Skip to main content

Georges Cuvier, Fossil Bones, and Geological Catastrophes

New Translations and Interpretations of the Primary Texts

French zoologist Georges Cuvier (1769-1832) helped form and bring credibility to geology and paleontology. Here Martin J. S. Rudwick provides the first modern translation of Cuvier’s essential writings on fossils and catastrophes and links these translated texts together with his own insightful narrative and interpretive commentary.

"Martin Rudwick has done English-speaking science a considerable service by translating and commenting on Cuvier’s work. . . . He guides us through Cuvier’s most important writings, especially those which demonstrate his new technique of comparative anatomy."—Douglas Palmer, New Scientist

318 pages | 20 halftones, 4 line drawings | 6 x 9 | © 1997

Biological Sciences: Evolutionary Biology, Natural History, Paleobiology, Geology, and Paleontology

Earth Sciences: Geology, Paleontology

History of Science

Table of Contents

Preface and Acknowledgments
Notes on the Texts
1: The Theory of the Earth
2: Living and Fossil Elephants
3: The Megatherium from South America
4: A Research Program on Fossil Bones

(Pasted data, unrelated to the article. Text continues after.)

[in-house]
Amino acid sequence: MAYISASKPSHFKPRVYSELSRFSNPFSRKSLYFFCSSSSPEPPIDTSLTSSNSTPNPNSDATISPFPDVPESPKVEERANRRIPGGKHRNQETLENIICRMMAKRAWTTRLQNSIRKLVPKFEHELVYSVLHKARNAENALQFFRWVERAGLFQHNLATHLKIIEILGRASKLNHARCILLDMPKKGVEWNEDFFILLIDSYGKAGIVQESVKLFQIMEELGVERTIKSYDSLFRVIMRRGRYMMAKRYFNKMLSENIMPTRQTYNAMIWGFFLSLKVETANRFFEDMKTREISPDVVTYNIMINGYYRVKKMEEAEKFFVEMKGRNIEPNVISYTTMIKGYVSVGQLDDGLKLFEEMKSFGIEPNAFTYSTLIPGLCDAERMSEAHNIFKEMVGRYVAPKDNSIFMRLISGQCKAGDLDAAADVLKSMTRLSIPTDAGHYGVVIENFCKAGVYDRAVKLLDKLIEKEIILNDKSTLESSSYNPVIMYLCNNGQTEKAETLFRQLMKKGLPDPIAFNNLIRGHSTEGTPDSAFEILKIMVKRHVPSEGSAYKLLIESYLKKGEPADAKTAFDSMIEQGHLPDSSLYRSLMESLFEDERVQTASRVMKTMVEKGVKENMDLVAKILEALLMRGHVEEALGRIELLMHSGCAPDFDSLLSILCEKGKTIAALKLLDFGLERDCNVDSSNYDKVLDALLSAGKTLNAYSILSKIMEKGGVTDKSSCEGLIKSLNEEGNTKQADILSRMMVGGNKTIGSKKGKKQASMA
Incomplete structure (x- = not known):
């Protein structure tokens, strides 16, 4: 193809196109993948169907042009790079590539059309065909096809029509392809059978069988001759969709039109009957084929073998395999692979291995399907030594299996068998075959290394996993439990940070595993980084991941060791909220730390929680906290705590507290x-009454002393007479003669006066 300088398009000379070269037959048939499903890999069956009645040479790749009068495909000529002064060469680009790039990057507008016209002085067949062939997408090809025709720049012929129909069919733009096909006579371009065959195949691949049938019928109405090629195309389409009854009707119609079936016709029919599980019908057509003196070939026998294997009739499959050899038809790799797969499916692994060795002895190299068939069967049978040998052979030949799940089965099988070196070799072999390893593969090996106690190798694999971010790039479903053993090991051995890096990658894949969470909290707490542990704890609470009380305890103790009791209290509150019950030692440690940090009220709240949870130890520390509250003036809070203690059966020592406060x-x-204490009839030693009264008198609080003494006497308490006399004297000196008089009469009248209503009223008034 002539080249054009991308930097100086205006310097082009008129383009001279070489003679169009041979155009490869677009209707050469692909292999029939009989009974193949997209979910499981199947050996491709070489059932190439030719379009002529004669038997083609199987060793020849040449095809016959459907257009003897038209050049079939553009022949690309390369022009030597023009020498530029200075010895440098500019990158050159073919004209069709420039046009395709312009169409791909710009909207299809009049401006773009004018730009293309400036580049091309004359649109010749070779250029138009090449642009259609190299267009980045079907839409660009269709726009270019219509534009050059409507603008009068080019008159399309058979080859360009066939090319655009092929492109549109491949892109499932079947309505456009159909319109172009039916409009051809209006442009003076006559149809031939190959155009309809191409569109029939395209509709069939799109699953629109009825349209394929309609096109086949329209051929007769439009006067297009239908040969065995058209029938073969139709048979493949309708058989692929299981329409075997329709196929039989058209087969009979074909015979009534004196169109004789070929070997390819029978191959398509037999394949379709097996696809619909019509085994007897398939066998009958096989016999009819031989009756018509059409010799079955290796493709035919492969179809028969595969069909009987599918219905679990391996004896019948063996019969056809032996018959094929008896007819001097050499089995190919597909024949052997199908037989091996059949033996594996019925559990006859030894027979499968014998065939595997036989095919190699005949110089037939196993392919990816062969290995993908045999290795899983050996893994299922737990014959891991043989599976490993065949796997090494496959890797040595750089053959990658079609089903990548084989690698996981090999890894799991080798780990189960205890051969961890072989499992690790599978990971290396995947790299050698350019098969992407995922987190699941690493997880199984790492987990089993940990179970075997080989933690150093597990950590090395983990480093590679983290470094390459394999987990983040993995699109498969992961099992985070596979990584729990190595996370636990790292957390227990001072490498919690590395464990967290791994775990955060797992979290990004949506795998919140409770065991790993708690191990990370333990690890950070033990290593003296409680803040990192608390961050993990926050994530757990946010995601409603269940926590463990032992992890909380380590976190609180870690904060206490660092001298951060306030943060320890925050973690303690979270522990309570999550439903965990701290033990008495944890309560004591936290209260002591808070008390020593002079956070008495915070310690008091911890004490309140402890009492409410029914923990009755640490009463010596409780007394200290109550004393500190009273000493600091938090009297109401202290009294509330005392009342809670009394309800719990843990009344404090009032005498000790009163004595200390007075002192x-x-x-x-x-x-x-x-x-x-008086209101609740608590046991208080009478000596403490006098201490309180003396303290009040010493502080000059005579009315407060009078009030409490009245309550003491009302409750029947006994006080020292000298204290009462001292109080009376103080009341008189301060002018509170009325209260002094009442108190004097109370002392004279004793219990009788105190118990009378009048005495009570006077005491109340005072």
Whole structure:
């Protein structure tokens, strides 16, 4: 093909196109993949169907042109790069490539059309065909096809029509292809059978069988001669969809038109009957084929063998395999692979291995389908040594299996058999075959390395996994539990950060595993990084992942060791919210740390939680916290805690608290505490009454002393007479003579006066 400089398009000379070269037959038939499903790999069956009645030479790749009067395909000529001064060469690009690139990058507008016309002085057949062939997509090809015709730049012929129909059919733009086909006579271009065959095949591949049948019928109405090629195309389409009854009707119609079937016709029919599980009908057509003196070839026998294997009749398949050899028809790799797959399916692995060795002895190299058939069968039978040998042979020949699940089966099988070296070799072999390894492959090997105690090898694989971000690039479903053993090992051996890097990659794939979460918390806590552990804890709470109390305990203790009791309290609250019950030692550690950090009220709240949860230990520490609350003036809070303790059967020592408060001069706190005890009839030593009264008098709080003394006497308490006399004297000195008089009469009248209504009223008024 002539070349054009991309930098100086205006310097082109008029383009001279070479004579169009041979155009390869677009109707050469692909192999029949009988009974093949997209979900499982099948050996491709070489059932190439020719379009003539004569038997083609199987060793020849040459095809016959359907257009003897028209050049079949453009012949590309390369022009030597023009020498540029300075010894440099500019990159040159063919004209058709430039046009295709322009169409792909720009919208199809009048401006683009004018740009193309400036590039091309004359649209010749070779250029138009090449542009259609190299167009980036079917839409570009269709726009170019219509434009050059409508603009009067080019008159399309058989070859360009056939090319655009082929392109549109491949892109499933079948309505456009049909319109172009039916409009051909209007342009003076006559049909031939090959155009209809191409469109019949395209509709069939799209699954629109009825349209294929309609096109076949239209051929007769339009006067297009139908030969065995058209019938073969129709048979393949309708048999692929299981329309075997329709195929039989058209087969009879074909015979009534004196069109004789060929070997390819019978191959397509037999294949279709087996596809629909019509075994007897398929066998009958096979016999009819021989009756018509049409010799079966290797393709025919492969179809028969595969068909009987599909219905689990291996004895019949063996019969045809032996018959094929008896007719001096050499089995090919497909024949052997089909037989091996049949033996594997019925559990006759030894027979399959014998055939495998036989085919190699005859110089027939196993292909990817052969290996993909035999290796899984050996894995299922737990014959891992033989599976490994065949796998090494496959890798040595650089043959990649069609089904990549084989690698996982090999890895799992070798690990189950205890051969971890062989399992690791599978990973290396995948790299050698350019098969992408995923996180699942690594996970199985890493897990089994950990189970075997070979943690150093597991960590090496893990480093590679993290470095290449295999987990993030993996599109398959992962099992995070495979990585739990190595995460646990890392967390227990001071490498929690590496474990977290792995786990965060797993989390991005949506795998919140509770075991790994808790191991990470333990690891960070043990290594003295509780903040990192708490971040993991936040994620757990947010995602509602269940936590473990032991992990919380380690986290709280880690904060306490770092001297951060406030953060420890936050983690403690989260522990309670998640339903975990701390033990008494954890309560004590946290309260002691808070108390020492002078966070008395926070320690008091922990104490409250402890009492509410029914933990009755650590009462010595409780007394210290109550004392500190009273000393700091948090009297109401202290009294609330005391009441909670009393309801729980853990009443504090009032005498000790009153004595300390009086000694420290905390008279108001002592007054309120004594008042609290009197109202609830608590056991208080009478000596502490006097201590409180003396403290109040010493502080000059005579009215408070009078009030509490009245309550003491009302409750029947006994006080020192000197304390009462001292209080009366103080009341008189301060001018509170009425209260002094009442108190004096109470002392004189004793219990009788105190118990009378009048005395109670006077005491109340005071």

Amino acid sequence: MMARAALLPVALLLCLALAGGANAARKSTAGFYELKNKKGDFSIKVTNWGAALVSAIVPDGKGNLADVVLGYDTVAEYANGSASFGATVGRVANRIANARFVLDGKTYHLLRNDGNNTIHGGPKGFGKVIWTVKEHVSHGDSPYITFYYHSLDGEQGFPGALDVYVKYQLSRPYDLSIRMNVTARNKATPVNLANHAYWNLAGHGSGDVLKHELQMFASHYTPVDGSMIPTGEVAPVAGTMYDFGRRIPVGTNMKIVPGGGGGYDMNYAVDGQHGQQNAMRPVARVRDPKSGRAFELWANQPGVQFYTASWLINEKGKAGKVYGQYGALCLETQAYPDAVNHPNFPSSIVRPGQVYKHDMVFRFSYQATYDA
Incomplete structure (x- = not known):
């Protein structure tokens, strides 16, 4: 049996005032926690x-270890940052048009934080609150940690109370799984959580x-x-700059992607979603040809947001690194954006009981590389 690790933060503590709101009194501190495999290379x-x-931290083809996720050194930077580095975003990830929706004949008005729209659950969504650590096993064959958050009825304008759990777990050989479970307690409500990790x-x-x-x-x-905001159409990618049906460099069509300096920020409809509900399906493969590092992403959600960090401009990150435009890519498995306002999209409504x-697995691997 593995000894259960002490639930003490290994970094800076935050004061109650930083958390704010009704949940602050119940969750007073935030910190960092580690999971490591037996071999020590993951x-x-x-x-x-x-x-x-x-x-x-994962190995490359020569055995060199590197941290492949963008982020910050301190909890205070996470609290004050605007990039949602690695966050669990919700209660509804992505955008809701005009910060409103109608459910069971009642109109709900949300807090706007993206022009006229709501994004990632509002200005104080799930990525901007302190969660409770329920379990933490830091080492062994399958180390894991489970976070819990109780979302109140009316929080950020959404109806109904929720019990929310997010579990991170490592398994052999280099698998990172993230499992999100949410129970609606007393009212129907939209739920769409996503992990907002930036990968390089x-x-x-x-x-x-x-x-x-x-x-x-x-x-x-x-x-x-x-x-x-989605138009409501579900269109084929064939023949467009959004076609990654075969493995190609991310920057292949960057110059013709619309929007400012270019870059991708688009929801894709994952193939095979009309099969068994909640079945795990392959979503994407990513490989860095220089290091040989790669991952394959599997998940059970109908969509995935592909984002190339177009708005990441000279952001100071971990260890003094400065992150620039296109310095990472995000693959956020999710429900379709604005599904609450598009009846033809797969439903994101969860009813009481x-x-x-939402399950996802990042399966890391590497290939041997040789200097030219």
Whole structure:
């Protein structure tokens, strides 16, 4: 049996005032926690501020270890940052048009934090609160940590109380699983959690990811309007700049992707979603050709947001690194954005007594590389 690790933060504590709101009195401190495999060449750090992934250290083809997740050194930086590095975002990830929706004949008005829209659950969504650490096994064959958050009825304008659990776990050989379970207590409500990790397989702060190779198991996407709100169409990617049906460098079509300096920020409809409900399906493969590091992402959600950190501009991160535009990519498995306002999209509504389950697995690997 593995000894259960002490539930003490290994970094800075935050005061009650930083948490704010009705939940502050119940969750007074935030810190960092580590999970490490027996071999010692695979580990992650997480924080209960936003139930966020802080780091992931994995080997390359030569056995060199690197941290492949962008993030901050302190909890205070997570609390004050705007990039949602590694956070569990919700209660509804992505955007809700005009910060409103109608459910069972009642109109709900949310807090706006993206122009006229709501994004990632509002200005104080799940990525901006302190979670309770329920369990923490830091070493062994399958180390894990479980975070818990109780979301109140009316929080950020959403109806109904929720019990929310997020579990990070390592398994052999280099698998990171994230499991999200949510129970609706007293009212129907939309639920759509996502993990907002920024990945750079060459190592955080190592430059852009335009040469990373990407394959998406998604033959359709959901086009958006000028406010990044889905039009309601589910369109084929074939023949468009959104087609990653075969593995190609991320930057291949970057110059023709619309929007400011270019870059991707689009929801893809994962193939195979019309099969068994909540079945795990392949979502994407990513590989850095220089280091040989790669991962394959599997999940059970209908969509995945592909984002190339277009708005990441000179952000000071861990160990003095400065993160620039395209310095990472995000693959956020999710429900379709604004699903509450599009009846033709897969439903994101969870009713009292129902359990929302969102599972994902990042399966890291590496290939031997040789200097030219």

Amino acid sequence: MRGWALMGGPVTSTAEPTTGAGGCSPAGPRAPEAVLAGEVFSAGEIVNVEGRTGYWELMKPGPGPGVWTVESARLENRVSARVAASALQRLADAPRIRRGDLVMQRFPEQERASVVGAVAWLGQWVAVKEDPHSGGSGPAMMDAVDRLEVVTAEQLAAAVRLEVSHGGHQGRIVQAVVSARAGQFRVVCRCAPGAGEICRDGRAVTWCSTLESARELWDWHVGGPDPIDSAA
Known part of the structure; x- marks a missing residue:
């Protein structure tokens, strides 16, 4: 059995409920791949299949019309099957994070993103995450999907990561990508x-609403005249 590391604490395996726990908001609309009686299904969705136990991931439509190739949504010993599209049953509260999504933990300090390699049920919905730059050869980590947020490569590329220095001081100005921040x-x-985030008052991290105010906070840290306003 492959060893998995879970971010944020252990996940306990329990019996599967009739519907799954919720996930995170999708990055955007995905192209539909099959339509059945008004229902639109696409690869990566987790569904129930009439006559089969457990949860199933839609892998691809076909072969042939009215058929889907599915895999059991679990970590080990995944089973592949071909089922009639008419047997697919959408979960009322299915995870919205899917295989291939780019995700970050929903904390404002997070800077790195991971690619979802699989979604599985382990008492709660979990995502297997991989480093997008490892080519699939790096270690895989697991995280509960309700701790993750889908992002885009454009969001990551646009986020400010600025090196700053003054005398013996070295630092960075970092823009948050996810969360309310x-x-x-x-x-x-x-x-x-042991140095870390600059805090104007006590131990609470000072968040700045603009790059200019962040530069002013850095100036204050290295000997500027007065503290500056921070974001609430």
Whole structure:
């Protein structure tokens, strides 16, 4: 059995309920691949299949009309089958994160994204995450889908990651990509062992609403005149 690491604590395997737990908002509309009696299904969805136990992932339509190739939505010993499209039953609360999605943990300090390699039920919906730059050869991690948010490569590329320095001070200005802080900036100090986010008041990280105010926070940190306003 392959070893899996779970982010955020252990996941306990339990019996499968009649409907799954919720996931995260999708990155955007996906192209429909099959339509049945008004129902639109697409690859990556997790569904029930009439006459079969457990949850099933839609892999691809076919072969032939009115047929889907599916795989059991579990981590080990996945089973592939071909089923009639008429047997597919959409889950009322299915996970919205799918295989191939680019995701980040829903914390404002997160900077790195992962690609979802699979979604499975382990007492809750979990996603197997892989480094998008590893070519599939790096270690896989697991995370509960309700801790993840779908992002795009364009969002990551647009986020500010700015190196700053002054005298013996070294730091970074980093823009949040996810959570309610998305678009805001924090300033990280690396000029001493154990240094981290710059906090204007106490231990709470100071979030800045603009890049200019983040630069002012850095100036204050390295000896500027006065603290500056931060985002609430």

5: An Appeal for International Collaboration
6: The Animals from the Gypsum Beds around Paris
7: A Pouched Marsupial from Paris
8: Popular Lectures on Geology
9: A Review of Fossil Pachyderms
10: A Report on Andre’s Theory of the Earth
11: The Progress of Geological Science
12: The Geology of the Region around Paris
13: Fossil Deer and Cattle
14: Collected Researches on Fossil Bones
15: The Revolutions of the Globe
16: Conclusions
Further Reading
Bibliography of Cuvier’s Sources
Bibliography of Works by Historians of Science
App: French Texts of Previously Unpublished Manuscripts
Sources for Figures

Be the first to know

Get the latest updates on new releases, special offers, and media highlights when you subscribe to our email lists!

Sign up here for updates about the Press